The shortcode and PHP methods are also fairly self-explanatory. But let’s take a deeper look at the Elementor integration, as I know a lot of you might be using Elementor WooCommerce Builder to design your store.
Here, I’m creating a Product Archive template using Elementor WooCommerce Builder. First, I created a two-column design where I included the Archive Products widget in the left column to display all of my products. Then, I can add the new Woofilters widget to the right column to display the filters.
You can also create and customize your filters without leaving the Elementor interface, which is a nice bonus:
In the Elementor Style tab, you can also access all of the Options from the regular WooCommerce Product Filter interface. The Elementor Advanced tab then gives you all of the options from the Design tab (along with all of Elementor’s regular options).
Overall, if you’re using Elementor, this widget is really convenient for including your product filters in your designs.
WooCommerce Product Filter Pricing
WooCommerce Product Filter comes in both a free version at WordPress.org as well as a premium version that adds more features.
The free version includes most of the core features, while the premium version gives you more options for filtering products with features such as the search box and checkbox lists (multiselect) and icons to filter product attributes.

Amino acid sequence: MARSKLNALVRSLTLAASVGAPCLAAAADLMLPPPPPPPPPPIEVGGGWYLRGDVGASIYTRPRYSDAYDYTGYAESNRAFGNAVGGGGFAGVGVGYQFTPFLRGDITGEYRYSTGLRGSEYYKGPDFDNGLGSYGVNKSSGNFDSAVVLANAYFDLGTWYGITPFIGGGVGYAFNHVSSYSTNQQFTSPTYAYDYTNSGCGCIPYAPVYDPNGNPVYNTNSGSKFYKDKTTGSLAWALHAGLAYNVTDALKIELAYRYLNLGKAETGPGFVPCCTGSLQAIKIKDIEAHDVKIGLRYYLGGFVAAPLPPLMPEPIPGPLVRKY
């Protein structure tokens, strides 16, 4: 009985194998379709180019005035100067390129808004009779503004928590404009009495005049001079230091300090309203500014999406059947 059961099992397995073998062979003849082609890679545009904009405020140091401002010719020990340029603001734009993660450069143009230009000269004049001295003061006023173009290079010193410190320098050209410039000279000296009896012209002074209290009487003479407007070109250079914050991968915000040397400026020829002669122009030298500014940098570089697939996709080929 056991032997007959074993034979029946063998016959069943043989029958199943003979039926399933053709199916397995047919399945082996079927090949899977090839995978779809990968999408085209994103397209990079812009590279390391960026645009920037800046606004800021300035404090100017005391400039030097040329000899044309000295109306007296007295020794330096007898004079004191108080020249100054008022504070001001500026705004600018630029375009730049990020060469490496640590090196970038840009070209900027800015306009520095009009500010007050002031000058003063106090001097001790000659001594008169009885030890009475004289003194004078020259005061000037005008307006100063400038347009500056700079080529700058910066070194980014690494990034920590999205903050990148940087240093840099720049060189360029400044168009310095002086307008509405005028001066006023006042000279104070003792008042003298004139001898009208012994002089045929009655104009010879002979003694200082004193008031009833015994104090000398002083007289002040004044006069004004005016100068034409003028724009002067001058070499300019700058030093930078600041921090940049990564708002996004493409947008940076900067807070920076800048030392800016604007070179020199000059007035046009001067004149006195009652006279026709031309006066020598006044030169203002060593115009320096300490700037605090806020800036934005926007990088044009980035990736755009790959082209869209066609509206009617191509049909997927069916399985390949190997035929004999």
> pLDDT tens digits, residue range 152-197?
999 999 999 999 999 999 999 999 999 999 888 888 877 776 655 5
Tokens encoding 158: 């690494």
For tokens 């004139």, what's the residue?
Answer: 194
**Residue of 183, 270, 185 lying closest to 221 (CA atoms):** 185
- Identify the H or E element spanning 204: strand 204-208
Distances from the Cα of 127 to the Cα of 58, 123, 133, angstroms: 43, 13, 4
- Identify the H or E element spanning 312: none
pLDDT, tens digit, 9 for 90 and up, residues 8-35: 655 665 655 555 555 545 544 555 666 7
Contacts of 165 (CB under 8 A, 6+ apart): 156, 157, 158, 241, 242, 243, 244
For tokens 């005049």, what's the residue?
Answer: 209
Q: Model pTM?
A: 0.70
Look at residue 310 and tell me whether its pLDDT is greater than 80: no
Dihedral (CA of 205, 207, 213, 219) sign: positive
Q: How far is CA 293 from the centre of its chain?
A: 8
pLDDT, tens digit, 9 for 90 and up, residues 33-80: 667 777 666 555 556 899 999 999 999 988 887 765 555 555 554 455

If you want to go Pro, there are three plans. The plans have identical features – the only difference is how many sites you can use the plugin on:
- 1 site – $49
- 5 sites – $99
- Unlimited sites – $199
Final Thoughts on WooCommerce Product Filter
Overall, I found WooCommerce Product Filter to be an intuitive and flexible way to add product filters to your WooCommerce store.
All the filters worked when I tested them and the Ajax filters loaded products quickly (for reference, my store has about 15 products).
The filters are also very flexible, with lots of settings to control the inputs, functionality, style, and more.
Additionally, I like that you have so many options for displaying your filters, especially the Elementor integration as this lets you work directly from inside the Elementor interface.
If you want to test it out, you can get most of the features for free. Then, consider upgrading to get access to the search box and other advanced filters.